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I have two text files in which I have to use the comm command to extract all unique words from file 1. So just those that are not in file 2. I was asked to use the comm command (not diff nor join).

I have tried a lot of things such as comm -32 file1 file2, but this returns all the words in file 1.

  • maybe your file1 contains only unique words? what's the input you are feeding? – umläute Oct 29 '13 at 9:12
  • No there are indeed words that are similar, I checked using grep. 'input you are feeding'? I'm comparing sorted lists of words. File1 contains 2574 words and file2 around 40 000 words, using the comm command I get the same list of words of file1, with 2574 words. – hdb004 Oct 29 '13 at 9:14
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    please provide excerpts of the two files that exhibit the problem. also check whether the files have different EOL-markers (e.g. CRLF vs LF) – umläute Oct 29 '13 at 9:20
  • I don't know those things sorry... – hdb004 Oct 29 '13 at 9:25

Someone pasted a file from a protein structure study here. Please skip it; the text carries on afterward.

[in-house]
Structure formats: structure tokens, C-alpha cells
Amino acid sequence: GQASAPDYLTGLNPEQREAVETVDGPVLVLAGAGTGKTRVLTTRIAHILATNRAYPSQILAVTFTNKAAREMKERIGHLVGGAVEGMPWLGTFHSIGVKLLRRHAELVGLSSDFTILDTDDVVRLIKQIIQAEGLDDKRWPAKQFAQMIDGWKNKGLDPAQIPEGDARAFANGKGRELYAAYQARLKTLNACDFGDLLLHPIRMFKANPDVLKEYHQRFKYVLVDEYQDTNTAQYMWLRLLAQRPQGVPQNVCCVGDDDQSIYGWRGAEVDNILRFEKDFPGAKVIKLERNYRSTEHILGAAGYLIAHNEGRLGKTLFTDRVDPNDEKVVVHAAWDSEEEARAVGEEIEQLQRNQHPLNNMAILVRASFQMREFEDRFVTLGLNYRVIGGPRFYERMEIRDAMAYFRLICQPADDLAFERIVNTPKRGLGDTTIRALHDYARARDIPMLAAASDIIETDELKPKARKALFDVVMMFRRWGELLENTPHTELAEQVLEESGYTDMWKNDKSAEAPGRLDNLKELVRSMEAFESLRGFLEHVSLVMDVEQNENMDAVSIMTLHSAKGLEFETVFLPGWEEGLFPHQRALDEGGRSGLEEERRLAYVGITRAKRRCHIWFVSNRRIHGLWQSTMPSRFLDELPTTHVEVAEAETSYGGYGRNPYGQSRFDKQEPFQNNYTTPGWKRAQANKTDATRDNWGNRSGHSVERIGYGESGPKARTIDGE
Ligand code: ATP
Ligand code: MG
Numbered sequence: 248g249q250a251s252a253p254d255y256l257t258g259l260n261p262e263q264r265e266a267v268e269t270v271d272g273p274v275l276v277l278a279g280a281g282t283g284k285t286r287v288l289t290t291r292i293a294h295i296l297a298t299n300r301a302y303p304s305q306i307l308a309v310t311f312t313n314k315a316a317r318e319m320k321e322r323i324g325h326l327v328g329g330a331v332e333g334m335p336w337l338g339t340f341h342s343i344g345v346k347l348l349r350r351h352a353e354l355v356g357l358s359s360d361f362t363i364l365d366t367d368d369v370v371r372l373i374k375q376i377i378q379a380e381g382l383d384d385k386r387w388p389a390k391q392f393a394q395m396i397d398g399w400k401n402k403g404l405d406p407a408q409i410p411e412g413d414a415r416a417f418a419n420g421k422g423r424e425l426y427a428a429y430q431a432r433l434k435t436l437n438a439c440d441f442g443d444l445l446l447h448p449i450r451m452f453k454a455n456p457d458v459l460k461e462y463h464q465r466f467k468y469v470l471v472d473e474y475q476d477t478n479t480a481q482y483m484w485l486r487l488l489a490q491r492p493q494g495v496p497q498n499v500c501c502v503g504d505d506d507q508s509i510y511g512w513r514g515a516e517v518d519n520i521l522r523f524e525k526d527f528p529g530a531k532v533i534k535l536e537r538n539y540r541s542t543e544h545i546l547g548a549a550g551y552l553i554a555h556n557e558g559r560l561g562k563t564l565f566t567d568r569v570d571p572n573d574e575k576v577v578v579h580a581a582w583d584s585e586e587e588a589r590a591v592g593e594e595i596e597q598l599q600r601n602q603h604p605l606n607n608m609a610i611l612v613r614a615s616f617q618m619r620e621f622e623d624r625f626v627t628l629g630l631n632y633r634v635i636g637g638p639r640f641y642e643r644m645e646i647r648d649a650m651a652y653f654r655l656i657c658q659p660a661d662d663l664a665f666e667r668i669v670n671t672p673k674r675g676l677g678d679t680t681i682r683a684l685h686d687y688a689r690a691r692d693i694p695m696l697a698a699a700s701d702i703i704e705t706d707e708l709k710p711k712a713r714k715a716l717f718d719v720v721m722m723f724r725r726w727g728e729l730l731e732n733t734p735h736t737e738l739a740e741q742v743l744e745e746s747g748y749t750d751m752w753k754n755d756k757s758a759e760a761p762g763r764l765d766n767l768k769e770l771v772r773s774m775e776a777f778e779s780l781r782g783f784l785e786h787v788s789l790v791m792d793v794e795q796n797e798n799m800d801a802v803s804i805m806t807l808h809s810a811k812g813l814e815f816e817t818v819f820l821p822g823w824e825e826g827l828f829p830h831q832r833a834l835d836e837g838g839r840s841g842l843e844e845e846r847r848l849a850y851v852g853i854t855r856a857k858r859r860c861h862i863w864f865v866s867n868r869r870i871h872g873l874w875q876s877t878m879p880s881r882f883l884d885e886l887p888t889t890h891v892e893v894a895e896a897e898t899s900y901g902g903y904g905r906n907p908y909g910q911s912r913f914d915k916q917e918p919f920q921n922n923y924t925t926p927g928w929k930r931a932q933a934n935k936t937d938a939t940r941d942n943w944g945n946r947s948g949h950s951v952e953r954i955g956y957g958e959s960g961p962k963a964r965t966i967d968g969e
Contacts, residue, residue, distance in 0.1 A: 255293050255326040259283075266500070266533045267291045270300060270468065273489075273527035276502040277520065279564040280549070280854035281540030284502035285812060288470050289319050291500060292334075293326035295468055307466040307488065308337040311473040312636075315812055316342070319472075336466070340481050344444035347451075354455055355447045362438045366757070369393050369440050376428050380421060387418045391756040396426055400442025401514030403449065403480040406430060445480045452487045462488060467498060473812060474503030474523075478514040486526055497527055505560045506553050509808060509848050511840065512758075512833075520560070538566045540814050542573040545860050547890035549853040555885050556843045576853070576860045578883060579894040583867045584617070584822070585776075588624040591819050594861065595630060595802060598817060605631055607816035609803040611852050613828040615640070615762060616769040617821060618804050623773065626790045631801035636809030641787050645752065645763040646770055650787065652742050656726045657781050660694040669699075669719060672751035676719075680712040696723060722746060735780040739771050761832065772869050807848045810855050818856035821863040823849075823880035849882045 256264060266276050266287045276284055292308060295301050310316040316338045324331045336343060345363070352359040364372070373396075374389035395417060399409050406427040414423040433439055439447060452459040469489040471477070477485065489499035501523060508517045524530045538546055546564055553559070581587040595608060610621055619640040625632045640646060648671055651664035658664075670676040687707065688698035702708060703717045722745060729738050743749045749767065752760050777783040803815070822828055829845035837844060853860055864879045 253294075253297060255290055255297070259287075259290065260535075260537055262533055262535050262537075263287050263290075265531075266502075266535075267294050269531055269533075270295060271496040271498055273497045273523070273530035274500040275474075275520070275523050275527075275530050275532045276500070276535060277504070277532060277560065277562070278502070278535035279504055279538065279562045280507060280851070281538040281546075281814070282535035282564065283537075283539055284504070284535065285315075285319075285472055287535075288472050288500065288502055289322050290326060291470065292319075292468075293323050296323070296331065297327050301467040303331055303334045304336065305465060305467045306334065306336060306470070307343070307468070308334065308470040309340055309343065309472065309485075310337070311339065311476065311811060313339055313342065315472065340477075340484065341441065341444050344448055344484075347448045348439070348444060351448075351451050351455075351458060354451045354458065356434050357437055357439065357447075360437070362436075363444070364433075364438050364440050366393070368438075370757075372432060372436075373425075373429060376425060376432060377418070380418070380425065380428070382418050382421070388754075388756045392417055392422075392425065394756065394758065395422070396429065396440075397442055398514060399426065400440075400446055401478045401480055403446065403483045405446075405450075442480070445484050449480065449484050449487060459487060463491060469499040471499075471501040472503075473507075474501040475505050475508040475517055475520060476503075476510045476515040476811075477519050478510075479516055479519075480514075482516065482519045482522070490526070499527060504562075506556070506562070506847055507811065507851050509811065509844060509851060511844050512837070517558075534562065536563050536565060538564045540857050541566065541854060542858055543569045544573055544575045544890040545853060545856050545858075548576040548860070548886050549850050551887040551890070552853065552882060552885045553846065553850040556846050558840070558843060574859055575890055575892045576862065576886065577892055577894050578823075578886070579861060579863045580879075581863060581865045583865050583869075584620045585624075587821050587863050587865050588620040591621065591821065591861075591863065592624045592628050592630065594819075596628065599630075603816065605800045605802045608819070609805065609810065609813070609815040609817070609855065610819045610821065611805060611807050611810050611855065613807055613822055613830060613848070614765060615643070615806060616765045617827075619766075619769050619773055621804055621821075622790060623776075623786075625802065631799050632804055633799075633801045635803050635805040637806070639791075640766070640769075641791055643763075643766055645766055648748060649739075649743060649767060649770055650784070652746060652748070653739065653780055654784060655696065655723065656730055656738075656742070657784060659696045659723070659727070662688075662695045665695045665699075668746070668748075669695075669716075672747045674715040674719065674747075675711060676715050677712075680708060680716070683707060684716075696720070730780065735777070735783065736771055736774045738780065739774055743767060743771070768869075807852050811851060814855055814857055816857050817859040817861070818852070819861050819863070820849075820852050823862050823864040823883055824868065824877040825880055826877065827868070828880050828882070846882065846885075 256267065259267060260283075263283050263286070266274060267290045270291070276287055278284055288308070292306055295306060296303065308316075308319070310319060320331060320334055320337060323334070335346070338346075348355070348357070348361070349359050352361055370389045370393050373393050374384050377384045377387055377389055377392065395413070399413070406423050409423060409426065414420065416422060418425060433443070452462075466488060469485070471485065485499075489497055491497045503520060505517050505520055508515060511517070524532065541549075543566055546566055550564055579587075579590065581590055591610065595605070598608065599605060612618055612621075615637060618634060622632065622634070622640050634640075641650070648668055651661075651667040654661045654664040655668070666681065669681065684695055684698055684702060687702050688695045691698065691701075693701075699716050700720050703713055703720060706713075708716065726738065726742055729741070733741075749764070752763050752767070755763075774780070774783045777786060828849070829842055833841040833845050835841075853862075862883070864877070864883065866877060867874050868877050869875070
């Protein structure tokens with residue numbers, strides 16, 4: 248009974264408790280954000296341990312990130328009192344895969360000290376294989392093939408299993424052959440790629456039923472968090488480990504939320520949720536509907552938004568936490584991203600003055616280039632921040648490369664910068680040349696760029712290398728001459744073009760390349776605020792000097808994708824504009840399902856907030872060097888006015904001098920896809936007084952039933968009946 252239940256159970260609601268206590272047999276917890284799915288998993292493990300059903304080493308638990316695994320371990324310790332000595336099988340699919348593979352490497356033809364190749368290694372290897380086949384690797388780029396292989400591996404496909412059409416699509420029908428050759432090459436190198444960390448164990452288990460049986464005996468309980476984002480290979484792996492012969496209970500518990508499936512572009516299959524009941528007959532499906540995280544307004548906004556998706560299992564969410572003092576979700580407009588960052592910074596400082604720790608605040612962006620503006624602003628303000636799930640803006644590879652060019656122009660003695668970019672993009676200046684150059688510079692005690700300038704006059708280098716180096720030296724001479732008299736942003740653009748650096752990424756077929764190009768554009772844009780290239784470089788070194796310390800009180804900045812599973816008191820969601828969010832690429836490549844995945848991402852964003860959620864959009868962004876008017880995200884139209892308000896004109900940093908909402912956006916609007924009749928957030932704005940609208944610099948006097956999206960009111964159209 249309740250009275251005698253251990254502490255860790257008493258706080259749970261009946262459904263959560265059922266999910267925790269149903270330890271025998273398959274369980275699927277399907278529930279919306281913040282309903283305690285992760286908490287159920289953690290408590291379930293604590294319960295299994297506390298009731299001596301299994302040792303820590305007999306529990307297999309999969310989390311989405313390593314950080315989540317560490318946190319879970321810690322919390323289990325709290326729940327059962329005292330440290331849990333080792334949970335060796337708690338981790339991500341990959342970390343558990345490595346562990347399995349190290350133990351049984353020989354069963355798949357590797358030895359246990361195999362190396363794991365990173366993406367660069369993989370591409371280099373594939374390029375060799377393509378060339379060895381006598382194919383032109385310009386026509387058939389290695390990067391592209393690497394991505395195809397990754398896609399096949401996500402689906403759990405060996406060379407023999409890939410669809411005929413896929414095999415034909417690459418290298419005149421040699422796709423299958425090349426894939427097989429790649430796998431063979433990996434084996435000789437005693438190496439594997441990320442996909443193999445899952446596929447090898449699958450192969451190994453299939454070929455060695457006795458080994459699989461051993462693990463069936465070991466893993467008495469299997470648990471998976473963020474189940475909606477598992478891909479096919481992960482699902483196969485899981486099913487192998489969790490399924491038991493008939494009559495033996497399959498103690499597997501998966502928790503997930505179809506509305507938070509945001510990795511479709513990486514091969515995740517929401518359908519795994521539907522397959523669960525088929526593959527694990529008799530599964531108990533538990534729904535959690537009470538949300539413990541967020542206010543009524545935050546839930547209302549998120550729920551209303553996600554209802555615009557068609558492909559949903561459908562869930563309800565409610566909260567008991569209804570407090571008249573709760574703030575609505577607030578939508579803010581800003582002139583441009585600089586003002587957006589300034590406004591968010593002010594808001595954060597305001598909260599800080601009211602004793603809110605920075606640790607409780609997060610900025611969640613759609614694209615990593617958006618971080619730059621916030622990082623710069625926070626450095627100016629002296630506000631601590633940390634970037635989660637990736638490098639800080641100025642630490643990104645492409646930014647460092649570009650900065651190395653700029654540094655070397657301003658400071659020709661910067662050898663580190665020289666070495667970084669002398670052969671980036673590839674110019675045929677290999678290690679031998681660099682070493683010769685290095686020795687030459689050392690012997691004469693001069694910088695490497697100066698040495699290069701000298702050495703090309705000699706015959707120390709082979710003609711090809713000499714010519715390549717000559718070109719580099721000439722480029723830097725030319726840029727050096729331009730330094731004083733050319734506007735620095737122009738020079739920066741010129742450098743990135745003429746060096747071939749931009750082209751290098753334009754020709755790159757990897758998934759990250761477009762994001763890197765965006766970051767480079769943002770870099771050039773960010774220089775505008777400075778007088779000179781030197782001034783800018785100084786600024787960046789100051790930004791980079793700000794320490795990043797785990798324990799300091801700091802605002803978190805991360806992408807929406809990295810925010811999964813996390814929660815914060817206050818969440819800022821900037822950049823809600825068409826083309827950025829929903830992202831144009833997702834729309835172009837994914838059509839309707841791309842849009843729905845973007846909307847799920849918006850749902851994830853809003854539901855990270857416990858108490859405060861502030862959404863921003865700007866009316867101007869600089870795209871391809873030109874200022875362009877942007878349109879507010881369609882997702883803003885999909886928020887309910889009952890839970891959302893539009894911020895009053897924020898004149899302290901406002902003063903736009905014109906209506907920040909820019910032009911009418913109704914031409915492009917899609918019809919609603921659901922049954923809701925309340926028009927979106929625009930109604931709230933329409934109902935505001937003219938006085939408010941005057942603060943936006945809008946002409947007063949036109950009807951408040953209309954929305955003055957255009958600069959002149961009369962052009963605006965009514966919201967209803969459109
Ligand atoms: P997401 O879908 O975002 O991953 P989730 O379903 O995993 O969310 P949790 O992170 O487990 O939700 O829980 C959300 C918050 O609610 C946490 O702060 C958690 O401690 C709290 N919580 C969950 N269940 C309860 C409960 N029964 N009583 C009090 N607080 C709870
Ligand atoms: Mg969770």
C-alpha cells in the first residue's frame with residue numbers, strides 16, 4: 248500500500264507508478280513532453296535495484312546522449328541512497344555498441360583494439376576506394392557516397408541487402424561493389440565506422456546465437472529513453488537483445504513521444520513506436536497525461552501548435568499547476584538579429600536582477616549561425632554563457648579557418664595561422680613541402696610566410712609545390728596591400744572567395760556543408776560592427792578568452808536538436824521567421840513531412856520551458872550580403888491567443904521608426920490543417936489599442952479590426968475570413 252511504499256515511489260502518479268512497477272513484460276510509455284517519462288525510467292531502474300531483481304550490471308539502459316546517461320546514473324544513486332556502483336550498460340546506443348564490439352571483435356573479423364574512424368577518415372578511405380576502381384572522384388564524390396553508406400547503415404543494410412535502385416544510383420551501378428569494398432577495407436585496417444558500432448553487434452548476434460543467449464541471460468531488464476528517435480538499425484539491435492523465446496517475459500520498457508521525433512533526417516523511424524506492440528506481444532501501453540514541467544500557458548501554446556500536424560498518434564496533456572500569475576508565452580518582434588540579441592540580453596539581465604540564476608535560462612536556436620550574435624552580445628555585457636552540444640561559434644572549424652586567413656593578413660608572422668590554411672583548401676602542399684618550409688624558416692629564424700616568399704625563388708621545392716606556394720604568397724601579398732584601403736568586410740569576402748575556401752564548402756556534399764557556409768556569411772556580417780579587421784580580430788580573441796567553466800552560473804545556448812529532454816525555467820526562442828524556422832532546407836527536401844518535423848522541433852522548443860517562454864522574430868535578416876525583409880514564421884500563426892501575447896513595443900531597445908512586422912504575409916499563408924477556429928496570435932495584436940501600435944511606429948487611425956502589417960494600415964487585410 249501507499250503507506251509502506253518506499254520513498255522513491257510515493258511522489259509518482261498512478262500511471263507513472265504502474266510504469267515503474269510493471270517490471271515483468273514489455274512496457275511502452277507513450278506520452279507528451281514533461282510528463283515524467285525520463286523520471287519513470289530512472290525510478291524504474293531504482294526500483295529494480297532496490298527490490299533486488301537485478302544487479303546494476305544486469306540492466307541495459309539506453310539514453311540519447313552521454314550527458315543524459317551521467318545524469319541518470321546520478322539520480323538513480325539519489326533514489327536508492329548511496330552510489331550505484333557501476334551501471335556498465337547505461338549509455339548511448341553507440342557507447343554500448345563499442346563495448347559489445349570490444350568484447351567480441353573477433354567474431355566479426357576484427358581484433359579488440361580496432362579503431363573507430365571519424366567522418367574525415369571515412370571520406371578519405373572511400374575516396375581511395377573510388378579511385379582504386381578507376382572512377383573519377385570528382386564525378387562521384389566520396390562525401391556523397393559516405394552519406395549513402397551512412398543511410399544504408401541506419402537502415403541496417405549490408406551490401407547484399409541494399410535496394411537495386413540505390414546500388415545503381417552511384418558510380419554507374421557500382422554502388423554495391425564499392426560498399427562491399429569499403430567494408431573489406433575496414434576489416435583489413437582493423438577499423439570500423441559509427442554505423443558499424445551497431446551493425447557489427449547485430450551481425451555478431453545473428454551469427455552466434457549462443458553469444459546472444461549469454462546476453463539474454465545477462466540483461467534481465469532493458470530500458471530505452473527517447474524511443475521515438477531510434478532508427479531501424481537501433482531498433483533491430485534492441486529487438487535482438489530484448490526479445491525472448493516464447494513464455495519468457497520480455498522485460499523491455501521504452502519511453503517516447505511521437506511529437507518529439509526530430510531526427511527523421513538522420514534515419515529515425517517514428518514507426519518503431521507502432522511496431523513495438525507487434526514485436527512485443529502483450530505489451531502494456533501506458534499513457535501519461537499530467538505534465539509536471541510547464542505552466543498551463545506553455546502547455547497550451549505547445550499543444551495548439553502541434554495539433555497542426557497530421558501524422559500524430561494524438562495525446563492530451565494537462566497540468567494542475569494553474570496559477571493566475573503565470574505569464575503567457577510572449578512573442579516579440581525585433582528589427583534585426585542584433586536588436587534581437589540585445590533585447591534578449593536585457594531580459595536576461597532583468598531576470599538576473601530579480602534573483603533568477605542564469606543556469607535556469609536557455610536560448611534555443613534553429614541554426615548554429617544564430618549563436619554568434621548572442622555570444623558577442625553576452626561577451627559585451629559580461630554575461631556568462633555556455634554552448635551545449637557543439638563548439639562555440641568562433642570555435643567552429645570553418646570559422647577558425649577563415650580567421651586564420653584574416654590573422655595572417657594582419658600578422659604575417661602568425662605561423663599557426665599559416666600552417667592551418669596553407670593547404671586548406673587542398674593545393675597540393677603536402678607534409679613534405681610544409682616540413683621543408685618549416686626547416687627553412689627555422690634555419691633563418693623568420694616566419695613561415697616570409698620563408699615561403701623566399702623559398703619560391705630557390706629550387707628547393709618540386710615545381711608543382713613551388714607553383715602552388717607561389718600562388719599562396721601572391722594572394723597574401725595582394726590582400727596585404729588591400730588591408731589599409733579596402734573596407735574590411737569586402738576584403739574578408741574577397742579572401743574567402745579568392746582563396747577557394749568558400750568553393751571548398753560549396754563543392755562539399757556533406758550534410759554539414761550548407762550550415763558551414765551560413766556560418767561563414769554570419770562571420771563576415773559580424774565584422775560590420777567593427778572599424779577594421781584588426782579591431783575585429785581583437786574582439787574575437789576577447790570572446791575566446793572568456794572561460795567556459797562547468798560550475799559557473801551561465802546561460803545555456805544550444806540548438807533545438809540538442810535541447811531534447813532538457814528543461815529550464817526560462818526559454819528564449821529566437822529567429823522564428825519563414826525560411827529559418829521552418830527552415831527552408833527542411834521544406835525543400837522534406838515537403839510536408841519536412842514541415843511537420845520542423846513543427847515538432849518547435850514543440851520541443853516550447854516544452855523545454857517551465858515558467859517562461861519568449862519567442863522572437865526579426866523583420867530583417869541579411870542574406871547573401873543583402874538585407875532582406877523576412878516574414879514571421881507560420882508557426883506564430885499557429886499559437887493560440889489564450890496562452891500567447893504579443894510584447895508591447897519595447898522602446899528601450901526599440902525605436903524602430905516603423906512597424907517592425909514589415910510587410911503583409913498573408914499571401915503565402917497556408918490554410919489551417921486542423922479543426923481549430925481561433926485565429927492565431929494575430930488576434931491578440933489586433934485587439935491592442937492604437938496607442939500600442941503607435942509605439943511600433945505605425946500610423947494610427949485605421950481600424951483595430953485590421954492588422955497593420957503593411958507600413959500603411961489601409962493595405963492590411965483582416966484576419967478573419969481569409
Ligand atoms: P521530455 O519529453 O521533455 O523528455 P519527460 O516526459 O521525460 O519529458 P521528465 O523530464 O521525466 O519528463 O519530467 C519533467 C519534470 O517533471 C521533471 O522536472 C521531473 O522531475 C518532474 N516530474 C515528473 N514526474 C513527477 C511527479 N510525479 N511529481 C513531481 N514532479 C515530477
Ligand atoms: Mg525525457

• see wikipedia. it basically boils down to your two files containing invisible characters that make two words differ even if they seem identical. you still haven't provided sample input for your problem. – umläute Oct 29 '13 at 9:52
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comm expects sorted files where each word has to be on one line (it's the full lines that are compared).

So it's

(export LC_ALL=C
comm -23 <(grep -Po '\S+' file1 | sort) <(grep -Po '\S+' file2 | sort))

(assuming GNU grep with PCRE support and a shell supporting process substitution like ksh93, zsh or bash).

Fixing the locale to C to perform byte to byte comparison for sort and comm.

  • (export LC_ALL=C comm -23 <(grep -Po '\S+' tekst.txt | sort) <(grep -Po '\S+' woordenlijst.txt | sort)) -bash: export: -23': not a valid identifier -bash: export: /dev/fd/63': not a valid identifier -bash: export: `/dev/fd/62': not a valid identifier – hdb004 Oct 29 '13 at 10:37
  • @hdb004, that's 2 lines, the first one sets LC_ALL, the second calls comm. That's in a subshell for limiting the scope of the LC_ALL variable – Stéphane Chazelas Oct 29 '13 at 10:40

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